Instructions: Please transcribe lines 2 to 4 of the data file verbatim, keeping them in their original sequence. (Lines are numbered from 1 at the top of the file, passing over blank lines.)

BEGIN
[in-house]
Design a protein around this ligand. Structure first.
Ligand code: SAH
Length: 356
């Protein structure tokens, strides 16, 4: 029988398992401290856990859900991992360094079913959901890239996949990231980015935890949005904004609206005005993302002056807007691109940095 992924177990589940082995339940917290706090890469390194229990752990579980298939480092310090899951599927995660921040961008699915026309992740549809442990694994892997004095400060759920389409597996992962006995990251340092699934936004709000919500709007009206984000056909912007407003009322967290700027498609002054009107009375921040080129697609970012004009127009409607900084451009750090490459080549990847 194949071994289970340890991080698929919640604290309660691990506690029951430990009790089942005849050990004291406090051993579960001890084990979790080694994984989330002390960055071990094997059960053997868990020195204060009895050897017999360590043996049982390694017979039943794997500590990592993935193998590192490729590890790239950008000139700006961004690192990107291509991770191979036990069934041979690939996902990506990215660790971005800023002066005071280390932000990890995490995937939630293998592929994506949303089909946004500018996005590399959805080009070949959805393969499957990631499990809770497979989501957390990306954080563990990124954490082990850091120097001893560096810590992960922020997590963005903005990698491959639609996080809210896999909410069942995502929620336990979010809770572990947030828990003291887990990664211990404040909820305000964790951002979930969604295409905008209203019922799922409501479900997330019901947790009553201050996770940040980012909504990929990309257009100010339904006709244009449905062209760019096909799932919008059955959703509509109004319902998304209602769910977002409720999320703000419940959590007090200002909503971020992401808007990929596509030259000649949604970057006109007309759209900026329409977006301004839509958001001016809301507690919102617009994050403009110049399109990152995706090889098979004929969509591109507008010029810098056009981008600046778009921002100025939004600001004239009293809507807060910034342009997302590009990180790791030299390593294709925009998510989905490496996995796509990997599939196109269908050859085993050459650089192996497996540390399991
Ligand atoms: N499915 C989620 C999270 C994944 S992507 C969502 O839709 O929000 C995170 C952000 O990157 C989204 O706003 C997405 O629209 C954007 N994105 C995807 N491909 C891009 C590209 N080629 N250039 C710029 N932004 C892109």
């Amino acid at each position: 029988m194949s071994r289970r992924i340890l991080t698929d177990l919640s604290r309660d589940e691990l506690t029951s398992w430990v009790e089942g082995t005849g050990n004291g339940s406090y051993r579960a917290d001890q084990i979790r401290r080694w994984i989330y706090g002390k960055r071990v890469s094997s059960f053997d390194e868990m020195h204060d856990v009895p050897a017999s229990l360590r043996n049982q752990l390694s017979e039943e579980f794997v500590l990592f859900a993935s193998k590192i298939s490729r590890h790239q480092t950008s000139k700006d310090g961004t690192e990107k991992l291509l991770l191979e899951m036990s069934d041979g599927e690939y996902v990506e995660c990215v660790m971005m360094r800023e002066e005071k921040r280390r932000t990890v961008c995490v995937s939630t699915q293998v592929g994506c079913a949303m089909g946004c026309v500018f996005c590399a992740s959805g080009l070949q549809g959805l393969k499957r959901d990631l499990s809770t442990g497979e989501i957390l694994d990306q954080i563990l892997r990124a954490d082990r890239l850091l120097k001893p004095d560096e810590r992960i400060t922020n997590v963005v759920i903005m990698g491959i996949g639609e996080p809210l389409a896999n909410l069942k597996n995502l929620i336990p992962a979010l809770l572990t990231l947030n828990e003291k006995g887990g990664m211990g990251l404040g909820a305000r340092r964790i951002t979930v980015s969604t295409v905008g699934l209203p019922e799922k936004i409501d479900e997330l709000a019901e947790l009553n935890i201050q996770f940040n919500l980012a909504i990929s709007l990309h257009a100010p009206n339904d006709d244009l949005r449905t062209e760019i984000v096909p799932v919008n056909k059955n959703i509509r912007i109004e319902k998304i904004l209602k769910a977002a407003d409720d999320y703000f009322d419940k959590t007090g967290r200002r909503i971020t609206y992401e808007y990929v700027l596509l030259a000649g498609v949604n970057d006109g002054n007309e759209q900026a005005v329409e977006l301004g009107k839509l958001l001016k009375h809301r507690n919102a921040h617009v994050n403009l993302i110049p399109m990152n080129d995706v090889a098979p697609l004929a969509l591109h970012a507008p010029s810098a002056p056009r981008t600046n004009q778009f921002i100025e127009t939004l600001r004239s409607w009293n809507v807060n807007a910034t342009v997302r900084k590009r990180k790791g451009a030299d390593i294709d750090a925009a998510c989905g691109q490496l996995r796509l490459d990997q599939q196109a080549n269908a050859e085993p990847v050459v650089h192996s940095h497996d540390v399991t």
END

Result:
Design a protein around this ligand. Structure first.
Ligand code: SAH
Length: 356